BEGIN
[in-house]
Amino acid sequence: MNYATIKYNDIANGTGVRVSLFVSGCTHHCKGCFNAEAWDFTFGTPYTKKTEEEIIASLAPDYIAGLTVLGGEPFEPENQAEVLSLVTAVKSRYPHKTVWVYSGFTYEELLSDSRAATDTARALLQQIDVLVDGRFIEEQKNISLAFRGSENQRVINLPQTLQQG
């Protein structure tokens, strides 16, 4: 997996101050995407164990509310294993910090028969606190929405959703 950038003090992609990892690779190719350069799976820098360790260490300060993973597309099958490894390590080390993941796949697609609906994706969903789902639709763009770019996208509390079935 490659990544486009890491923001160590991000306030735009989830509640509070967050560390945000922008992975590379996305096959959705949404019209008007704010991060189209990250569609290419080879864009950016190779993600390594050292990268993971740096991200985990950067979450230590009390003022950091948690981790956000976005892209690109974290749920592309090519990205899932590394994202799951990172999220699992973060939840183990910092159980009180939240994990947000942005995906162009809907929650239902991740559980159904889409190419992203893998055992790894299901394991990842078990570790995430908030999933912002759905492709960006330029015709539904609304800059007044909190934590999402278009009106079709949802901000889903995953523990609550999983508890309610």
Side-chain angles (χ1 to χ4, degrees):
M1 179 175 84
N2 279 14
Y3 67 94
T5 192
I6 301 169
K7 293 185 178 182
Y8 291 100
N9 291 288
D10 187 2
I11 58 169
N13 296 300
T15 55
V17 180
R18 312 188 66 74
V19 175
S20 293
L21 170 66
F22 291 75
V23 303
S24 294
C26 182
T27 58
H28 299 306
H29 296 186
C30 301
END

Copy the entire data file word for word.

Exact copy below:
[in-house]
Amino acid sequence: MNYATIKYNDIANGTGVRVSLFVSGCTHHCKGCFNAEAWDFTFGTPYTKKTEEEIIASLAPDYIAGLTVLGGEPFEPENQAEVLSLVTAVKSRYPHKTVWVYSGFTYEELLSDSRAATDTARALLQQIDVLVDGRFIEEQKNISLAFRGSENQRVINLPQTLQQG
């Protein structure tokens, strides 16, 4: 997996101050995407164990509310294993910090028969606190929405959703 950038003090992609990892690779190719350069799976820098360790260490300060993973597309099958490894390590080390993941796949697609609906994706969903789902639709763009770019996208509390079935 490659990544486009890491923001160590991000306030735009989830509640509070967050560390945000922008992975590379996305096959959705949404019209008007704010991060189209990250569609290419080879864009950016190779993600390594050292990268993971740096991200985990950067979450230590009390003022950091948690981790956000976005892209690109974290749920592309090519990205899932590394994202799951990172999220699992973060939840183990910092159980009180939240994990947000942005995906162009809907929650239902991740559980159904889409190419992203893998055992790894299901394991990842078990570790995430908030999933912002759905492709960006330029015709539904609304800059007044909190934590999402278009009106079709949802901000889903995953523990609550999983508890309610």
Side-chain angles (χ1 to χ4, degrees):
M1 179 175 84
N2 279 14
Y3 67 94
T5 192
I6 301 169
K7 293 185 178 182
Y8 291 100
N9 291 288
D10 187 2
I11 58 169
N13 296 300
T15 55
V17 180
R18 312 188 66 74
V19 175
S20 293
L21 170 66
F22 291 75
V23 303
S24 294
C26 182
T27 58
H28 299 306
H29 296 186
C30 301